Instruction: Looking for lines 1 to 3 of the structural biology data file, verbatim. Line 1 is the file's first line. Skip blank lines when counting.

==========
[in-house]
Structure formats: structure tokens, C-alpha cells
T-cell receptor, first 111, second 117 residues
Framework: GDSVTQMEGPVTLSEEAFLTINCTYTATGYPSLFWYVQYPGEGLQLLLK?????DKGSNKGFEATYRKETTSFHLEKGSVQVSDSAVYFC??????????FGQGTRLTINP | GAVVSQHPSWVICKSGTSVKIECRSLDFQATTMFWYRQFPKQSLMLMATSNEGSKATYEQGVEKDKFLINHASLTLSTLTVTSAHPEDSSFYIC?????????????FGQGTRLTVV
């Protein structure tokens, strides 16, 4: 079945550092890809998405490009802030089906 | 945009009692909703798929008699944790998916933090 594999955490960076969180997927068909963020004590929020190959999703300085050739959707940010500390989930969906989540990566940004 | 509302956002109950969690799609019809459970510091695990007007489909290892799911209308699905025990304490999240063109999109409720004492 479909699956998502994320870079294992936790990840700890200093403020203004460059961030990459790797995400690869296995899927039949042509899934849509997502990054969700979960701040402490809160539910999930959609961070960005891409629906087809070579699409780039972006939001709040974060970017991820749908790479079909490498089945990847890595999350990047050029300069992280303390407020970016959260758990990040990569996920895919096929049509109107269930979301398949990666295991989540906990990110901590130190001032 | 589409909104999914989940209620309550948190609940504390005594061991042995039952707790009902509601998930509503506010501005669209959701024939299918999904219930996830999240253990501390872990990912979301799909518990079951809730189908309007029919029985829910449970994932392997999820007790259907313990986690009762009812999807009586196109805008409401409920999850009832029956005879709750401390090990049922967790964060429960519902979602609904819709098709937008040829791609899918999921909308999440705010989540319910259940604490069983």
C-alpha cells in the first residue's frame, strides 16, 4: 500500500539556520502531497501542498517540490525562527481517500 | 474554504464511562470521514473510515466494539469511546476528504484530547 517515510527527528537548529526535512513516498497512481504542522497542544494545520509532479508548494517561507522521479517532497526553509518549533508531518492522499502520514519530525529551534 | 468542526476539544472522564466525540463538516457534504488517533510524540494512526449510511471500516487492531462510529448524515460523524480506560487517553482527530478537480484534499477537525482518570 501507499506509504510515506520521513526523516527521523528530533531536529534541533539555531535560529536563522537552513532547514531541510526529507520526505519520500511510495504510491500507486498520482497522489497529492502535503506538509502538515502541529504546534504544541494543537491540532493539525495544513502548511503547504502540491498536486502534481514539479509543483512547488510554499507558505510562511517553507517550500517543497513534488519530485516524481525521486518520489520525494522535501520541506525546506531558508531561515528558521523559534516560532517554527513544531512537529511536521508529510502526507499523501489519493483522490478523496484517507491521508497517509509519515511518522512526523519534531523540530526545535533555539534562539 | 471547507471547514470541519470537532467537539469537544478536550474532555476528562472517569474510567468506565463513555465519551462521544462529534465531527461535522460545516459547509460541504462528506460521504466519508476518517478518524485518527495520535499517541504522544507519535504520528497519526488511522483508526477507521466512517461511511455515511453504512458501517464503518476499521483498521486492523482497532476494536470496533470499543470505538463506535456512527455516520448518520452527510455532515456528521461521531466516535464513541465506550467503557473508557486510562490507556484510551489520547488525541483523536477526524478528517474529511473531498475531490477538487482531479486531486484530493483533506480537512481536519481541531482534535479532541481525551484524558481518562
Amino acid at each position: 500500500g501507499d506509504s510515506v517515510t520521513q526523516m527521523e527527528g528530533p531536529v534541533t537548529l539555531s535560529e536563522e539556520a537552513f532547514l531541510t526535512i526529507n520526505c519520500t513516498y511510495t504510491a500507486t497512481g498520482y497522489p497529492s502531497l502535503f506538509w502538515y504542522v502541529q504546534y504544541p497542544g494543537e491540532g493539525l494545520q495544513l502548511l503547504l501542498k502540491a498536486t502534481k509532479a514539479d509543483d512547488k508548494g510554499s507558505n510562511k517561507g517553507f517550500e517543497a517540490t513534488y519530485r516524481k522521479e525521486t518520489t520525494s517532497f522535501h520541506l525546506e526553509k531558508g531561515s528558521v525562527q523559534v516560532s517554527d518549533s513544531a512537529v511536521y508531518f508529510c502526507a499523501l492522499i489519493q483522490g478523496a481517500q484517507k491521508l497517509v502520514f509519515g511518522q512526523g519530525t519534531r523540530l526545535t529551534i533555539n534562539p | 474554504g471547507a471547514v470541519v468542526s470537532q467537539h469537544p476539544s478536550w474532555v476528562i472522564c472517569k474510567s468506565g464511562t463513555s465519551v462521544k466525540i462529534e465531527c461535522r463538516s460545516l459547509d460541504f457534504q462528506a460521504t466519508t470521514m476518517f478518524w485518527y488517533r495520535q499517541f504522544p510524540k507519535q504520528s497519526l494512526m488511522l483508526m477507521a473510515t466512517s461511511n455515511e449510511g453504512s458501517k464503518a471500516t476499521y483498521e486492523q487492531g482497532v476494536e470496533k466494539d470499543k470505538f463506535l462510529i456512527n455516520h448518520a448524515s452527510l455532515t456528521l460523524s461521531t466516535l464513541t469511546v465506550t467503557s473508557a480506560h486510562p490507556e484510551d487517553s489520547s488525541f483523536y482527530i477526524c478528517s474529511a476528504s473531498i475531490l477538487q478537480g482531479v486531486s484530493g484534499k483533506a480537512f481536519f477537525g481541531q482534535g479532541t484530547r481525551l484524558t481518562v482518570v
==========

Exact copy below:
[in-house]
Structure formats: structure tokens, C-alpha cells
T-cell receptor, first 111, second 117 residues